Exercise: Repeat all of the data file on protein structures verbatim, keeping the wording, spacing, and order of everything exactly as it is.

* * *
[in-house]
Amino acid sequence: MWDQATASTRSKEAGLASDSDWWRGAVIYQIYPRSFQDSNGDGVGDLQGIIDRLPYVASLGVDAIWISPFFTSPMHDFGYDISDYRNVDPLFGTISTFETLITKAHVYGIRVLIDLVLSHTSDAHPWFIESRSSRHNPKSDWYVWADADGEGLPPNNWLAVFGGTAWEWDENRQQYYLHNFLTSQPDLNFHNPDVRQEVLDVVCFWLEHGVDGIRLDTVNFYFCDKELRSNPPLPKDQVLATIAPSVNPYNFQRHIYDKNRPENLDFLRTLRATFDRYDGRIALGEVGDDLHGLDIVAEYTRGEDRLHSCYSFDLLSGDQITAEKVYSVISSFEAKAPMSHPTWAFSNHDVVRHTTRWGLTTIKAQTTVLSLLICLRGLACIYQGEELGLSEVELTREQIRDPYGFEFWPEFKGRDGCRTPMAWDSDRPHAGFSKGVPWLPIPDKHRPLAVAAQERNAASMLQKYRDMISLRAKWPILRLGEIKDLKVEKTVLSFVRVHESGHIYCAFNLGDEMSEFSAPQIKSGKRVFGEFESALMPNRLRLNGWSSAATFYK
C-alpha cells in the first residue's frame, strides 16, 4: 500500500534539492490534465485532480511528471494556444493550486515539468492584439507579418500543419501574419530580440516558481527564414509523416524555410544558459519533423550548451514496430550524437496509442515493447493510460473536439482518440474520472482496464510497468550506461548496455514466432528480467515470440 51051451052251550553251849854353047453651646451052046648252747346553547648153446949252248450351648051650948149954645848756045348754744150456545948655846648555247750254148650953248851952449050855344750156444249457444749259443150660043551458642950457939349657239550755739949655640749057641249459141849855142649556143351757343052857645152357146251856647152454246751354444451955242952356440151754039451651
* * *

[in-house]
Amino acid sequence: MWDQATASTRSKEAGLASDSDWWRGAVIYQIYPRSFQDSNGDGVGDLQGIIDRLPYVASLGVDAIWISPFFTSPMHDFGYDISDYRNVDPLFGTISTFETLITKAHVYGIRVLIDLVLSHTSDAHPWFIESRSSRHNPKSDWYVWADADGEGLPPNNWLAVFGGTAWEWDENRQQYYLHNFLTSQPDLNFHNPDVRQEVLDVVCFWLEHGVDGIRLDTVNFYFCDKELRSNPPLPKDQVLATIAPSVNPYNFQRHIYDKNRPENLDFLRTLRATFDRYDGRIALGEVGDDLHGLDIVAEYTRGEDRLHSCYSFDLLSGDQITAEKVYSVISSFEAKAPMSHPTWAFSNHDVVRHTTRWGLTTIKAQTTVLSLLICLRGLACIYQGEELGLSEVELTREQIRDPYGFEFWPEFKGRDGCRTPMAWDSDRPHAGFSKGVPWLPIPDKHRPLAVAAQERNAASMLQKYRDMISLRAKWPILRLGEIKDLKVEKTVLSFVRVHESGHIYCAFNLGDEMSEFSAPQIKSGKRVFGEFESALMPNRLRLNGWSSAATFYK
C-alpha cells in the first residue's frame, strides 16, 4: 500500500534539492490534465485532480511528471494556444493550486515539468492584439507579418500543419501574419530580440516558481527564414509523416524555410544558459519533423550548451514496430550524437496509442515493447493510460473536439482518440474520472482496464510497468550506461548496455514466432528480467515470440 51051451052251550553251849854353047453651646451052046648252747346553547648153446949252248450351648051650948149954645848756045348754744150456545948655846648555247750254148650953248851952449050855344750156444249457444749259443150660043551458642950457939349657239550755739949655640749057641249459141849855142649556143351757343052857645152357146251856647152454246751354444451955242952356440151754039451651